The momentous vote was temporarily overshadowed by the news of a COVID outbreak among several lawmakers who attended Saturday’s Gridiron dinner featuring journalists and politicians. Several senators attended the dinner but all of them showed up for Thursday’s vote.
Jackson currently serves on the US Court of Appeals for the DC Circuit, a role she was appointed to by Biden. She previously served as a US District Court judge, a position she was appointed to form President Barack Obama. Before that, the Harvard Law School graduate served vice chair of the US Sentencing Commission, and as a federal public defender.
Jackson, a former clerk for Breyer, was considered a front-runner for Biden’s first Supreme Court nomination. Her expected confirmation marks the fourth time she was approved by the Senate. She was confirmed to her role on the Court of Appeals with bipartisan support last year, with GOP Sen. Lindsey Graham of South Carolina joining Sens. Collins and Murkowski in voting for her.
Jackson’s nomination marks a fulfillment of Biden’s campaign promise to nominate a Black woman to the high court. During a primary debate in South Carolina in 2020, Biden said “I’m looking forward to making sure there’s a Black woman on the Supreme Court, to make sure we in fact get every representation.”
With much of Biden’s agenda held up in the 50-50 Senate, Jackson’s confirmation will be one of the lasting legacies of his first term. And Democratic senators made sure to highlight the significance of the moment.
More:Jackson likely confirmed in a hurry. Getting on the Supreme Court? That’ll take time.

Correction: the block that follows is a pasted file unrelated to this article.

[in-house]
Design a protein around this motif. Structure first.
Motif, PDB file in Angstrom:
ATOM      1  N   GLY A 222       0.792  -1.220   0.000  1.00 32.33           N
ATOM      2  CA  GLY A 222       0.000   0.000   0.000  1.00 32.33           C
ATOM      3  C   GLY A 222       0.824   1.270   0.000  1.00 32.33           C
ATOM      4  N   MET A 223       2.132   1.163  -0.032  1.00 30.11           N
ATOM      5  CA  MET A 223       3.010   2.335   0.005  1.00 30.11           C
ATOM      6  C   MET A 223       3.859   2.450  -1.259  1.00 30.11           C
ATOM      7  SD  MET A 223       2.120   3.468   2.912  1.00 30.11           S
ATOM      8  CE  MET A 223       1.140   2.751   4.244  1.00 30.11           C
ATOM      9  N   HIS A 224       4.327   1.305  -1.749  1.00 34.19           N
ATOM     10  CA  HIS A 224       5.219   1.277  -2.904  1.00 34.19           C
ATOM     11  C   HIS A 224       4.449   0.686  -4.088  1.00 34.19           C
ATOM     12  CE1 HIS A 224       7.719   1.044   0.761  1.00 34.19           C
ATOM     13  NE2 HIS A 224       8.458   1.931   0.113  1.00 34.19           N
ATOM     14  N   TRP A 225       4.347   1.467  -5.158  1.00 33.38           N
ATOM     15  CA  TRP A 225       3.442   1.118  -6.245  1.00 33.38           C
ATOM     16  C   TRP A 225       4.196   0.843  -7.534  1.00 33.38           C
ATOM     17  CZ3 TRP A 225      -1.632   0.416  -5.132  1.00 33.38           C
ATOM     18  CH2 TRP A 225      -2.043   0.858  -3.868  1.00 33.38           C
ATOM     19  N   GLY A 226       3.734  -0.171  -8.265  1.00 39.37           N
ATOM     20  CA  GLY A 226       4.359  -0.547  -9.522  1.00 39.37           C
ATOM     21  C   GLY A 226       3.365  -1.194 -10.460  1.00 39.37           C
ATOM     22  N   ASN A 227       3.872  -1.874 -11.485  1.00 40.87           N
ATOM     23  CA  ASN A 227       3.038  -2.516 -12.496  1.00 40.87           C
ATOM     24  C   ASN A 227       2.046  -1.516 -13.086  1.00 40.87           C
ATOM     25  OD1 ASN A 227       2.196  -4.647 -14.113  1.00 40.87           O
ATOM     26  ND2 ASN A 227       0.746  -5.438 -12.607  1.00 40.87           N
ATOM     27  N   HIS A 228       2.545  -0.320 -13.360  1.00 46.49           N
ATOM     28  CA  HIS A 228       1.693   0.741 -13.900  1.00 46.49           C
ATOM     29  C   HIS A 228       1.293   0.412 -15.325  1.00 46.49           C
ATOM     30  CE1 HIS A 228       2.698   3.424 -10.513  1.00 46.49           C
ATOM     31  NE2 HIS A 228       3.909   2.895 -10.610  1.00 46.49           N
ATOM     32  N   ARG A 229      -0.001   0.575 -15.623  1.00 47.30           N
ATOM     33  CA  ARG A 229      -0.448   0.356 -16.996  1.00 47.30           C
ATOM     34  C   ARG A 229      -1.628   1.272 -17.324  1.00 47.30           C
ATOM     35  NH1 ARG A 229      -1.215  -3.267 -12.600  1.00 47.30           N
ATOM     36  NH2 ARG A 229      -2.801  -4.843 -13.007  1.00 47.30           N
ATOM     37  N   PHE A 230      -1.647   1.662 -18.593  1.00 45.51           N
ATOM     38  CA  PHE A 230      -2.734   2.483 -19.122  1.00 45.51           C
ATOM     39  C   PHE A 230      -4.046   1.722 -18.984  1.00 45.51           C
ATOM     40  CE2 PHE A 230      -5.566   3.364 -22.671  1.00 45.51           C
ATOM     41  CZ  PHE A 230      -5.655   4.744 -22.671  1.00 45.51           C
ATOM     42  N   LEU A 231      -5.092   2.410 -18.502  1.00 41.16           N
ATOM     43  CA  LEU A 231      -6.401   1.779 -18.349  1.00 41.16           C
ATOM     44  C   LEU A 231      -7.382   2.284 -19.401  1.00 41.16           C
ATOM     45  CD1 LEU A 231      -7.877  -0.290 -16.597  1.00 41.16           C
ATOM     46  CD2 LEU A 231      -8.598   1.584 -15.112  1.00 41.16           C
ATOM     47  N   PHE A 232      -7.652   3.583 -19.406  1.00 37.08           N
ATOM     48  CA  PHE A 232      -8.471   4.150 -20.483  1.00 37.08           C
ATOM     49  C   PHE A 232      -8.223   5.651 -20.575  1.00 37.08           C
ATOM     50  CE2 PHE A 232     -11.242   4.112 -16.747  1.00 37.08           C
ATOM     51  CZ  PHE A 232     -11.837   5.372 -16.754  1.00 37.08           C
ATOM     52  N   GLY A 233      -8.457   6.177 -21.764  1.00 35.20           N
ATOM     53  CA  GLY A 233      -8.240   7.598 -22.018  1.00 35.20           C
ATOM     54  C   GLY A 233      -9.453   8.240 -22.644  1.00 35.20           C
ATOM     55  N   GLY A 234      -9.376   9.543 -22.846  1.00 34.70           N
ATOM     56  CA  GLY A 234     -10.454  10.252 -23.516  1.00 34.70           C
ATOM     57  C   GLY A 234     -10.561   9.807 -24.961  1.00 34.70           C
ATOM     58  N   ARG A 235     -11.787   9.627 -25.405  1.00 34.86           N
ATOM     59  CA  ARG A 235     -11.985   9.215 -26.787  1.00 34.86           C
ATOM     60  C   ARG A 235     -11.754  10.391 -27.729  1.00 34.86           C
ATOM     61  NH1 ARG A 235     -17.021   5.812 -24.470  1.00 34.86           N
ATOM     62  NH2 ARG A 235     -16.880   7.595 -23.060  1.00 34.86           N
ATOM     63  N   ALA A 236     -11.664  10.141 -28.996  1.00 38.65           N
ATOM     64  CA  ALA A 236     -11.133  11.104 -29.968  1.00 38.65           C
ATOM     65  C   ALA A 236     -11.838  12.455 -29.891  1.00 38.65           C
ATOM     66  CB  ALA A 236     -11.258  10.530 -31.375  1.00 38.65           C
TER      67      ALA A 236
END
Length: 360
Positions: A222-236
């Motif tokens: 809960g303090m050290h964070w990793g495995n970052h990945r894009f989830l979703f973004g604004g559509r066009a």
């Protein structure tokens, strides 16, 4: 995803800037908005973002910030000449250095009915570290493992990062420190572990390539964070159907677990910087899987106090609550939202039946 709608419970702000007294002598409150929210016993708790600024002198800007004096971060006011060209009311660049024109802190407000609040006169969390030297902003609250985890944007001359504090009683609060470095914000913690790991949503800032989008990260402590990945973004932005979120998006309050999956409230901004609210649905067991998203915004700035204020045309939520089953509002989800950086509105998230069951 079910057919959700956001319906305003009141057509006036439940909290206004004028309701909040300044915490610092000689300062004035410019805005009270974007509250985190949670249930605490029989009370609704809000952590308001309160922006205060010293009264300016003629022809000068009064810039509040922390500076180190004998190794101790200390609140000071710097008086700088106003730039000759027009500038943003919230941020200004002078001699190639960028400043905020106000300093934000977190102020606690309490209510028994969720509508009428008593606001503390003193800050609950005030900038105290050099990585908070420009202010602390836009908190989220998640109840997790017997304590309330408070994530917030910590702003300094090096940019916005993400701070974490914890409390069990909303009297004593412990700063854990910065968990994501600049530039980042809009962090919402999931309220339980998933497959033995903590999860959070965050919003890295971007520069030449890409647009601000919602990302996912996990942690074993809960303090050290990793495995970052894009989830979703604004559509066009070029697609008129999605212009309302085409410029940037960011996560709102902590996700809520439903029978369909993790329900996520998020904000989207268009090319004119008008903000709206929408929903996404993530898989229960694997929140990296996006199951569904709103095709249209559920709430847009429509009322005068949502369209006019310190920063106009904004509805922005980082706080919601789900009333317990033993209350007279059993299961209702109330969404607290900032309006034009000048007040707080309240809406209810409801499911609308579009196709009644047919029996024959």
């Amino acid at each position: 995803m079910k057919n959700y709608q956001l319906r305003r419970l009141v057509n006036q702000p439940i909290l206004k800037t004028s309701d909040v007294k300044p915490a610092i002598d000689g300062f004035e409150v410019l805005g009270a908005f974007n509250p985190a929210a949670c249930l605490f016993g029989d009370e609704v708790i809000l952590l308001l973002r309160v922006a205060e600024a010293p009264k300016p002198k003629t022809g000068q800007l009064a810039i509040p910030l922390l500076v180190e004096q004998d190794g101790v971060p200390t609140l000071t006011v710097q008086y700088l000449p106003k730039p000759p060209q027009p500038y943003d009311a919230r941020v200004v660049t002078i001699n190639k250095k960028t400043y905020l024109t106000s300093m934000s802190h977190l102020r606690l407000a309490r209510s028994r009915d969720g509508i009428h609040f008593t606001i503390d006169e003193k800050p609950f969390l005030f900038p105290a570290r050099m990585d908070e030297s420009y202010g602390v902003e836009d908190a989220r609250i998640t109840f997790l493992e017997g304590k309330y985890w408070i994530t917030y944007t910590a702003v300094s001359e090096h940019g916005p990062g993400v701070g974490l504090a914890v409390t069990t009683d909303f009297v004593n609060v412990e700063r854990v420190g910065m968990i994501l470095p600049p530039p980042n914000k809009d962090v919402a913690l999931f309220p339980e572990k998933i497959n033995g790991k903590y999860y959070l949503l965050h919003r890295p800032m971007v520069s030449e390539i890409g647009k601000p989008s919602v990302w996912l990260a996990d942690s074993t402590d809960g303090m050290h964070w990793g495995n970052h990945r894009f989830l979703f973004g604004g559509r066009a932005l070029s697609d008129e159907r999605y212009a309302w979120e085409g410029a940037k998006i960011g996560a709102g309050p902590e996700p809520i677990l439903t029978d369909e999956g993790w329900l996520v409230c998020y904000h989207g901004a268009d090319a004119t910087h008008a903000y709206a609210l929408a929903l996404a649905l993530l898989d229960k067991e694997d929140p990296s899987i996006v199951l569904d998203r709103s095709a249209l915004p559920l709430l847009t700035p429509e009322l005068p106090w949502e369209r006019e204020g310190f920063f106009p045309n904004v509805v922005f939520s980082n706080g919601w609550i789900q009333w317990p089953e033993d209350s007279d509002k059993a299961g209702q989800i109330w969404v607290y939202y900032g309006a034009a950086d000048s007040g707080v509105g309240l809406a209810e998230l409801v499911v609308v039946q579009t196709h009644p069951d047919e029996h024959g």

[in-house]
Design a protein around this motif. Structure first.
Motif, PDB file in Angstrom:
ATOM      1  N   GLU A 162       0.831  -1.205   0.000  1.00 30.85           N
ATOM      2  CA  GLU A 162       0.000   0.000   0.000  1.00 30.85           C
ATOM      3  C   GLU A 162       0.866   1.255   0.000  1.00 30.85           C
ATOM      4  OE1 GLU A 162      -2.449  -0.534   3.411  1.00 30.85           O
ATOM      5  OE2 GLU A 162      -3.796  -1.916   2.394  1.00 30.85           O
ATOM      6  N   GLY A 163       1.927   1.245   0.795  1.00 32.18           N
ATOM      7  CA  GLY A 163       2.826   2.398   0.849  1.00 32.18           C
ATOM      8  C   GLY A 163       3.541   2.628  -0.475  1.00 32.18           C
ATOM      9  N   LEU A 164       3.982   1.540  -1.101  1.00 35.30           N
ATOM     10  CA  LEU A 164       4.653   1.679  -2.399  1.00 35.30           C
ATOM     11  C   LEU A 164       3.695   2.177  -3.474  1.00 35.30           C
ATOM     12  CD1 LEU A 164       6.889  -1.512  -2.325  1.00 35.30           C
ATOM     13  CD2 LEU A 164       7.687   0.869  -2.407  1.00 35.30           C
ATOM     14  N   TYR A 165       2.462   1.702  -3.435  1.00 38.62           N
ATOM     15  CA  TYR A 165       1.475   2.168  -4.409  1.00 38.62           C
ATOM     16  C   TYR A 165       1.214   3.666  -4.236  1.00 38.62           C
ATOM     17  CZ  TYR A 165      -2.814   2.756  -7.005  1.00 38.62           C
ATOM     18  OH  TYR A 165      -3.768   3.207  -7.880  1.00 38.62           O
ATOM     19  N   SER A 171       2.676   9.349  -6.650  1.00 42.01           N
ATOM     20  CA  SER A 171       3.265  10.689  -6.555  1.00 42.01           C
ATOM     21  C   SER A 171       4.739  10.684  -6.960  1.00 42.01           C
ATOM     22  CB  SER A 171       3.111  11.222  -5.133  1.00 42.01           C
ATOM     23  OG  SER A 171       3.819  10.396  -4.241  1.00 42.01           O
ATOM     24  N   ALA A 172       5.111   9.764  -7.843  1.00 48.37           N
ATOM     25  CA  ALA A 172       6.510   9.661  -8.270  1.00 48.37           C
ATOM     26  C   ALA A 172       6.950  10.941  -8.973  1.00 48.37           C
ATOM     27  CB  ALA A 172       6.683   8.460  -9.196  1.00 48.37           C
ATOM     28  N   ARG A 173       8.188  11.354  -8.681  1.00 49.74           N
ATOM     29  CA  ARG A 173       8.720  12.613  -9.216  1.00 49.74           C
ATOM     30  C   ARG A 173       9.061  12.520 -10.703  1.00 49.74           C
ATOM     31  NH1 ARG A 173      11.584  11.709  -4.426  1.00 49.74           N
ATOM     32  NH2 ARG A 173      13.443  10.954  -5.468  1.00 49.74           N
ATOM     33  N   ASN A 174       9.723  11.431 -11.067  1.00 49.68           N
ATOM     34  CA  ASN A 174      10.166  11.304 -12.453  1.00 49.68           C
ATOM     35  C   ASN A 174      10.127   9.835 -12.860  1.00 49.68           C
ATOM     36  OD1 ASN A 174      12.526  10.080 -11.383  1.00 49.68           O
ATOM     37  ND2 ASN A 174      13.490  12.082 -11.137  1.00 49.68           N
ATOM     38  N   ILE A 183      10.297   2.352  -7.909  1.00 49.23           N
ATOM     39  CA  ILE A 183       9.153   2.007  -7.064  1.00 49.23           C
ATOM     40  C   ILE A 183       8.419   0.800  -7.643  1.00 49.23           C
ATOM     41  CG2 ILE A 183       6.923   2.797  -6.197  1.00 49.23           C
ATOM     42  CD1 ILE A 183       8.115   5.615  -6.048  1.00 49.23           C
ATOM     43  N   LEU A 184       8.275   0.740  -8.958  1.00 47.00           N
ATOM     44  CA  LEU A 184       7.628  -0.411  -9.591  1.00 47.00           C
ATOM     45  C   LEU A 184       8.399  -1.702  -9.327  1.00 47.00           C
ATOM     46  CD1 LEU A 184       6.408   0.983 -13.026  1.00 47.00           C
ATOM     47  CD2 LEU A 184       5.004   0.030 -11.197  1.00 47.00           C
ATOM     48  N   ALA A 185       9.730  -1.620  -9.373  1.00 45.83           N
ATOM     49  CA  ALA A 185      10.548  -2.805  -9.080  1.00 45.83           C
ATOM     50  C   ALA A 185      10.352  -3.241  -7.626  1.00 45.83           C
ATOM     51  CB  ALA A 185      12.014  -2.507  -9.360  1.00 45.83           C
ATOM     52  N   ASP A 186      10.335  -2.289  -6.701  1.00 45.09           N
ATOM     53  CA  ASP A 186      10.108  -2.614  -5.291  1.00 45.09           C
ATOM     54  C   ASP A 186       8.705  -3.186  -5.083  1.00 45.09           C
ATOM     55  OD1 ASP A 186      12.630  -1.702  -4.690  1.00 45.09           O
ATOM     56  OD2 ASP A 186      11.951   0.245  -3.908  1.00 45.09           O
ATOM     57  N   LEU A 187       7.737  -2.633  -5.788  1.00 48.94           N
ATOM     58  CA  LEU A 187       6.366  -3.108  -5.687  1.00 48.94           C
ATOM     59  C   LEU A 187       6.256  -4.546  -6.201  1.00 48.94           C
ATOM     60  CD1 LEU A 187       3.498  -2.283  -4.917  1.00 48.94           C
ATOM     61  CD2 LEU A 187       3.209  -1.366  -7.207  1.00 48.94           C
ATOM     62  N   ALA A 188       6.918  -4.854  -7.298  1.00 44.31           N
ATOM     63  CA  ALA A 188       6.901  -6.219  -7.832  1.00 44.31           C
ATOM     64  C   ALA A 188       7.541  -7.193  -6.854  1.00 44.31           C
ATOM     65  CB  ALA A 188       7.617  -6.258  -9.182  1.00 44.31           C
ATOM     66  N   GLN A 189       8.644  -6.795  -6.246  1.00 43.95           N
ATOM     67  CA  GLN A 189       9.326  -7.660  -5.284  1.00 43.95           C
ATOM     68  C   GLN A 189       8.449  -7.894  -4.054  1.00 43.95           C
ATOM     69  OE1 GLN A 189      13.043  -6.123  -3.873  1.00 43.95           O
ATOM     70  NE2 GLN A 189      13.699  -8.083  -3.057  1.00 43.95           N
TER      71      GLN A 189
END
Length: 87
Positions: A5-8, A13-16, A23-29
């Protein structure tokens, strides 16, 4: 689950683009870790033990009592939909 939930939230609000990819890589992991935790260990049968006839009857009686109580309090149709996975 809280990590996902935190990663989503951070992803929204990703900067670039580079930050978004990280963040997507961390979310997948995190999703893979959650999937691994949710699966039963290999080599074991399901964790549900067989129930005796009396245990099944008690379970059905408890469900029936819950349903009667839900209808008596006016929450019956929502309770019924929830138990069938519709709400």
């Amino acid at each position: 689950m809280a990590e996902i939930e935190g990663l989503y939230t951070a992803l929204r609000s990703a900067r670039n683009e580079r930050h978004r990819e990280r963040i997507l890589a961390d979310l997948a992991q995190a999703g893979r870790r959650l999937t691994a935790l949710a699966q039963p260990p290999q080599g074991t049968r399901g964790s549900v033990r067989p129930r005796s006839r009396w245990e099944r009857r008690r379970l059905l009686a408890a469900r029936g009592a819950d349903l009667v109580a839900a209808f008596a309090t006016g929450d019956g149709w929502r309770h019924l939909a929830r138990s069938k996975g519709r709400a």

Despite her earlier confirmations, the Senate Judiciary Committee hearing on Jackson’s nomination still took an acrimonious turn.
While Republican members of the committee largely praised Jackson’s character and demeanor, they accused her on being soft on crime – in particular, they said she offered too-lenient sentences in a number of child pornography cases. GOP Senators on the committee like Graham, Tom Cotton of Arkansas, Ted Cruz of Texas, and Josh Hawley of Missouri led the crusade against Jackson. In addition to her record on sentencing, they pushed Jackson on hot political topics like gender, packing the court and critical race theory. Some Republicans also took issue with her defending Guantanamo Bay detainees as a public defender.
“Based on her record, I believe she will prove to be the furthest left of any justice who has ever served on the Supreme Court,” Cruz said ahead of the vote Thursday.
More:Judicial philosophy to child porn sentencing: Key takeaways from Ketanji Brown Jackson’s Supreme Court hearings
Democrats, meanwhile, have stressed the historic nature of Jackson’s nomination and what it means to have a Black woman join the court.
During one of the hearings, Jackson teared up as Bookerspoke about how meaningful her nomination was to him.
“You have earned this spot. You are worthy,” Booker told Jackson.
“I’m sorry, you’re a person that is so much more than your race and gender,” he said. “But for me, I’m sorry, it’s hard for me not to look at you and not see my mom, not to see my cousins. … I see my ancestors and yours.”
Contributing: John Fritze, Rebecca Morin